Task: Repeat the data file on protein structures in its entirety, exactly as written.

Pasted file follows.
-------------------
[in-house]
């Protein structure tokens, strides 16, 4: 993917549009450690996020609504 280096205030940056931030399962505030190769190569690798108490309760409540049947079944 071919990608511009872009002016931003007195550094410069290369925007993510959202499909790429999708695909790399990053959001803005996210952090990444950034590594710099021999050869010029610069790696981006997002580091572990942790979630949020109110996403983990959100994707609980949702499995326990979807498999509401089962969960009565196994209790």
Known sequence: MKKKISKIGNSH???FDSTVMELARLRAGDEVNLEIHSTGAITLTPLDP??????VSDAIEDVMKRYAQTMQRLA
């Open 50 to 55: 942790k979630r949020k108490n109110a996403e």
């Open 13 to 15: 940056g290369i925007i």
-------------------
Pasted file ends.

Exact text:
[in-house]
């Protein structure tokens, strides 16, 4: 993917549009450690996020609504 280096205030940056931030399962505030190769190569690798108490309760409540049947079944 071919990608511009872009002016931003007195550094410069290369925007993510959202499909790429999708695909790399990053959001803005996210952090990444950034590594710099021999050869010029610069790696981006997002580091572990942790979630949020109110996403983990959100994707609980949702499995326990979807498999509401089962969960009565196994209790």
Known sequence: MKKKISKIGNSH???FDSTVMELARLRAGDEVNLEIHSTGAITLTPLDP??????VSDAIEDVMKRYAQTMQRLA
């Open 50 to 55: 942790k979630r949020k108490n109110a996403e």
């Open 13 to 15: 940056g290369i925007i």